I doubt that the CBC has learned very much from this experiment or taken the experience to heart. I’ll try to state some of the more obvious points that I believe the CBC should have learned.
First of all, listen to your customers. This is a basic point that is taught in business schools, preached by management consultants and ignored to the detriment of corporations. Bitter experience has taught most corporations – the ones that survive, at least – that a corporation ignores the opinions of its loyal customers at its own peril. I’ve referred to the example of New Coke as the classic (no pun intended) example of a company misreading the tastes of its customers. Corporations have learned this lesson many times over since then.
Not so the CBC. When the CBC Radio Two restructuring was announced there was a storm of protest. Letters were written to the newspapers, petitions written (including mine), web sites started (including this one), FaceBook groups begun. Protests were held on the streets of major Canadian cities in support of the “old” CBC Radio Two. Hearings were held in Parliament. All was for naught. The CBC did not change its course. The CBC stubbornly stuck to its guns in spite of impassioned pleas from its audience.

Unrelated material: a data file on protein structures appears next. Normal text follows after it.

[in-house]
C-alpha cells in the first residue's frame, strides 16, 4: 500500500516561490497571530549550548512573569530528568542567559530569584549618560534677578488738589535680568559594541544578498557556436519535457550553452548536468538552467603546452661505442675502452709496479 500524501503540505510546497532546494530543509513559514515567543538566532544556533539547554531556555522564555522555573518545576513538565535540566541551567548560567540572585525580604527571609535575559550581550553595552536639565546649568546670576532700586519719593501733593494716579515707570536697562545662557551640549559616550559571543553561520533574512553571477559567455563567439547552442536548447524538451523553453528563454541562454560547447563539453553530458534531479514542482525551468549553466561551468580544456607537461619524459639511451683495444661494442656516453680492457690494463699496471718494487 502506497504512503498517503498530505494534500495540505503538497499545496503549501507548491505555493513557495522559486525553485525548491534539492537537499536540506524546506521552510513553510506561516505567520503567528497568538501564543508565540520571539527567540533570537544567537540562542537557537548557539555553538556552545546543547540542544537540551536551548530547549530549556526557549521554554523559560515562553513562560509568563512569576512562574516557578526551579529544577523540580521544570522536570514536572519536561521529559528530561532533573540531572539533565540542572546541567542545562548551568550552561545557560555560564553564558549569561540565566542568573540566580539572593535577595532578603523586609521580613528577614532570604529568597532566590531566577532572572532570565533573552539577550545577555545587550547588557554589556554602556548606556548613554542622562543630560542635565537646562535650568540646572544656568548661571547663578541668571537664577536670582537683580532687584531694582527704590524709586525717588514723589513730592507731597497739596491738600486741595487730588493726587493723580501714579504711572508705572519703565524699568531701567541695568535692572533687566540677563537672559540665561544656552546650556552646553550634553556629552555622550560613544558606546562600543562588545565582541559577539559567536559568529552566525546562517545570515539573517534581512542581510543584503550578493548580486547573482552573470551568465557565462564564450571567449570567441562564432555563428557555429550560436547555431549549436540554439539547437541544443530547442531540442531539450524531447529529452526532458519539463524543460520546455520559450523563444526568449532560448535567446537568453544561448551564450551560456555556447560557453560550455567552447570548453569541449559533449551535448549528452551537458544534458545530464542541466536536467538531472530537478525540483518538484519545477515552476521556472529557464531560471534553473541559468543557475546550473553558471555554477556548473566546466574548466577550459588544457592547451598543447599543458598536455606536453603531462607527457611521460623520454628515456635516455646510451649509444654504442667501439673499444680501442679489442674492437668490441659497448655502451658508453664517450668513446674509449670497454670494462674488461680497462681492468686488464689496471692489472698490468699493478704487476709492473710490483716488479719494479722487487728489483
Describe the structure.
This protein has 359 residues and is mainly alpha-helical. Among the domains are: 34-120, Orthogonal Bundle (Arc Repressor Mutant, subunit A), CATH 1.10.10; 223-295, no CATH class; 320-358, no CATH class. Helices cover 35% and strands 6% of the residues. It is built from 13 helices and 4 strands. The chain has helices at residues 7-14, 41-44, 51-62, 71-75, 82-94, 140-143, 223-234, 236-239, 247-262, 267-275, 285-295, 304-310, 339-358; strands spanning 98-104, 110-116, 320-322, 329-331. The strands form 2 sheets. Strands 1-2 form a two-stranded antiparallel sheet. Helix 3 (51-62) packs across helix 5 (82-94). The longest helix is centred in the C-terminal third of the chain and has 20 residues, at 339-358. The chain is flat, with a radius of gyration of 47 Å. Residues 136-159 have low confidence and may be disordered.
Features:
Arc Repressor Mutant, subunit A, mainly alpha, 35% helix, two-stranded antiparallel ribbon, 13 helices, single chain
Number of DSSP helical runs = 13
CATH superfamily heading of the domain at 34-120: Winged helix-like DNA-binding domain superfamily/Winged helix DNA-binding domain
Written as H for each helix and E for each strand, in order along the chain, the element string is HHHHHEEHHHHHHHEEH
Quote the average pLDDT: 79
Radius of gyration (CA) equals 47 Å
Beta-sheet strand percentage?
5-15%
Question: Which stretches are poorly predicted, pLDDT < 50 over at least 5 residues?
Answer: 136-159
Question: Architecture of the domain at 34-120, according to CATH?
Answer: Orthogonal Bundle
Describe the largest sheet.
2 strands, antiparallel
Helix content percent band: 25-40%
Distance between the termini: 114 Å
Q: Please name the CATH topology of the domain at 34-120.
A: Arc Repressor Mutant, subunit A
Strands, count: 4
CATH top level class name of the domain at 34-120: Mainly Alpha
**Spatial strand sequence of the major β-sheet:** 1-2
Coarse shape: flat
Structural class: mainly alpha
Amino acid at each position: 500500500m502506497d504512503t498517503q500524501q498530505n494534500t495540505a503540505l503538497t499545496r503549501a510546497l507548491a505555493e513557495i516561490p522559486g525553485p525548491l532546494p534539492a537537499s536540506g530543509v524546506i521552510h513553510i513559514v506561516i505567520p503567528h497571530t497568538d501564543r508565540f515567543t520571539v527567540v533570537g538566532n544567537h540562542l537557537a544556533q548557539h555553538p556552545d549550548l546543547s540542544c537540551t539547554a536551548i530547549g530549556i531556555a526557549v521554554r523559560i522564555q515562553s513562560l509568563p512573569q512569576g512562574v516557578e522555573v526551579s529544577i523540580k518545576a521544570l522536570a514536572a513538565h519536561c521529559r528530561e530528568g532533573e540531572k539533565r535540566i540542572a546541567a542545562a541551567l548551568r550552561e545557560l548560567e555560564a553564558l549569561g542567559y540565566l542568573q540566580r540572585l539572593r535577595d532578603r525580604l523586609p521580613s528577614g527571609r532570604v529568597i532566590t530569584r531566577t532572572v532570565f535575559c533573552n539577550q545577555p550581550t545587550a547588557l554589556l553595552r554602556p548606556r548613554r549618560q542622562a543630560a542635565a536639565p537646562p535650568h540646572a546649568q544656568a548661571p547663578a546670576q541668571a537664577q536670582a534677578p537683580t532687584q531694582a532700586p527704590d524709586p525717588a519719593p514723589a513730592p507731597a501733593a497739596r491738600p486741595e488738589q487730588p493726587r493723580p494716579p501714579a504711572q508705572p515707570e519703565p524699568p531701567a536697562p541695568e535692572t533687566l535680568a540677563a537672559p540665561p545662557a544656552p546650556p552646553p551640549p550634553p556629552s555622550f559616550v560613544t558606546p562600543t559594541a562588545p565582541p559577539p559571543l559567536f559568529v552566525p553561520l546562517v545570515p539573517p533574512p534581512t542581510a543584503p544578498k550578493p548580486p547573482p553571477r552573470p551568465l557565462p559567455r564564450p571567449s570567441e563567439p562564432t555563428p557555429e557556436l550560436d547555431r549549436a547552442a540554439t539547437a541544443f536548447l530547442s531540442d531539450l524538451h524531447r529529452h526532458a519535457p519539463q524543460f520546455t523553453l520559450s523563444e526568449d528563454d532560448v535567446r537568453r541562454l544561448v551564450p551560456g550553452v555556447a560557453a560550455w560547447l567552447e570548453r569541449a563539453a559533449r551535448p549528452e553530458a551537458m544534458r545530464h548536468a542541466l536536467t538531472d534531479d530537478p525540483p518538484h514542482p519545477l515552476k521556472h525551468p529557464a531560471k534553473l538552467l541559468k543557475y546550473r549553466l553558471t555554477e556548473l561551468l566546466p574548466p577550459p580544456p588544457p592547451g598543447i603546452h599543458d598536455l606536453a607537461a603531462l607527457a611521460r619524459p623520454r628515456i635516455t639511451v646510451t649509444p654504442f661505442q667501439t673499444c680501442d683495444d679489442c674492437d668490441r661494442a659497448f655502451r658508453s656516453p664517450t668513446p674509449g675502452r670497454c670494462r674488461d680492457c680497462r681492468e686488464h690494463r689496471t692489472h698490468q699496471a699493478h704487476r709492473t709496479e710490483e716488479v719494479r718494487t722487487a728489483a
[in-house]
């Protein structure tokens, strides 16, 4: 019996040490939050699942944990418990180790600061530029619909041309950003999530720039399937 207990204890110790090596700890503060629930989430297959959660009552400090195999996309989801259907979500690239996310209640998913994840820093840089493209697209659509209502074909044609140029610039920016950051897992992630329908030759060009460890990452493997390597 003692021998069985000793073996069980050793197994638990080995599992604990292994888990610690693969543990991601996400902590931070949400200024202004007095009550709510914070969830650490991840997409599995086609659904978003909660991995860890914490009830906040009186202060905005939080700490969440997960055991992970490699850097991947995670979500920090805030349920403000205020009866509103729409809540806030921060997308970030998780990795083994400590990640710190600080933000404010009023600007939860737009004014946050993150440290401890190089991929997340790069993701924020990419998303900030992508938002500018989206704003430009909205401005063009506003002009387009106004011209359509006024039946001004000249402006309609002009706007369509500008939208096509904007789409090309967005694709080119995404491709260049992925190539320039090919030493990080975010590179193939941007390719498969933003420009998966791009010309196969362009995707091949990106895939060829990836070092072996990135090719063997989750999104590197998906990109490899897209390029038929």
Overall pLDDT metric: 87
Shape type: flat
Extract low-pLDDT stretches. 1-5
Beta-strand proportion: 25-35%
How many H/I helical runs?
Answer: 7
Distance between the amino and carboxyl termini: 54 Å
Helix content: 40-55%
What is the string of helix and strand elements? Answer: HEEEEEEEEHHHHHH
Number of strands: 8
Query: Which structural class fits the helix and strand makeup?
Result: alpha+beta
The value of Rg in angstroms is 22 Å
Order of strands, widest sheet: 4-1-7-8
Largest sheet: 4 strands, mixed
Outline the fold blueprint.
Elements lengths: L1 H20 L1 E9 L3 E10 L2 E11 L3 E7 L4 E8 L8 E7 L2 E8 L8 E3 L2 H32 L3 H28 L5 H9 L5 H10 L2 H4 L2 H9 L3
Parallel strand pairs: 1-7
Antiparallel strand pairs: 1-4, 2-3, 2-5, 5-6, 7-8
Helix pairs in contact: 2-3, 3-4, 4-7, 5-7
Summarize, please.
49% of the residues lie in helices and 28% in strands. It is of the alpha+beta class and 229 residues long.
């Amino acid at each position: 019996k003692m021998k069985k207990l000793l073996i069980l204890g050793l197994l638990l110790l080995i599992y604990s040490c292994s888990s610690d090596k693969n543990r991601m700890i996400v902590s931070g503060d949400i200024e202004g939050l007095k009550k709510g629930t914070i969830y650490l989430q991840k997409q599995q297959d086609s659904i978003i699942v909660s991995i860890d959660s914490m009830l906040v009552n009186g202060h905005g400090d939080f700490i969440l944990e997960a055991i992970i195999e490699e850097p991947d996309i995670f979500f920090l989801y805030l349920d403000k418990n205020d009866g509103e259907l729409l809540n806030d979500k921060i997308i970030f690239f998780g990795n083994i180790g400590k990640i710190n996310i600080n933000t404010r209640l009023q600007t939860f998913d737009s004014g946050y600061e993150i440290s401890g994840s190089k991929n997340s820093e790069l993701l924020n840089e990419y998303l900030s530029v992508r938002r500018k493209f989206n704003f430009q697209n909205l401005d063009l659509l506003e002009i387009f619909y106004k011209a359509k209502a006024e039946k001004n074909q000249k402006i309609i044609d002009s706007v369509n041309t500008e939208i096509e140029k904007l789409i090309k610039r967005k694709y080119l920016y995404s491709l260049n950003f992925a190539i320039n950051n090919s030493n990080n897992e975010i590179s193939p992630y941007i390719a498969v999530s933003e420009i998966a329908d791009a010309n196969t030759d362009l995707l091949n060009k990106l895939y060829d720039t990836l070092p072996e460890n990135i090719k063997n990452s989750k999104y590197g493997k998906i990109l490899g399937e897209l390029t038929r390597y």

And what was the result? The audience for CBC Radio Two has been decimated. In Vancouver, the audience for CBC Radio Two has fallen 61.7% from its pre-restructuring levels, while the total radio listening audience in Vancouver has fallen only 24.1%. An audience decline such as this is nothing short of astounding. The same is true for the other major cities for which we have recent audience data: Montreal, down 44.1%, Toronto, down 44.2%, Calgary, down 59.8% and Edmonton, down 40%. The only bright spots for the CBC seems to be Winnipeg and Ottawa, for which we have no recent data. We await the spring radio diary data for recent audience data for these cities. Results such as these are the raw material for future business school cases.
The second point is that the public broadcaster exists to offer an alternative to commercial radio stations. A public broadcaster that does nothing more than offer a pale alternative to commercial radio is in danger of having its funding cut. A declining audience certainly doesn’t help.
What is to become of the CBC? I expect that it will muddle along, becoming increasingly irrelevant. There will be ever-more persistent attempts to cut its budget. CBC executives will continue to plead the case for a public broadcaster before Parliamentary committees. The public will become increasingly indifferent to the plight of the CBC, having been driven away by the dictatorial decisions of CBC management. Eventually the CBC will fade away, existing only as archived shows on .mp3 files on iPods, iPads and iPhones, as a new audience discovers the glory of what once was a revered Canadian institution.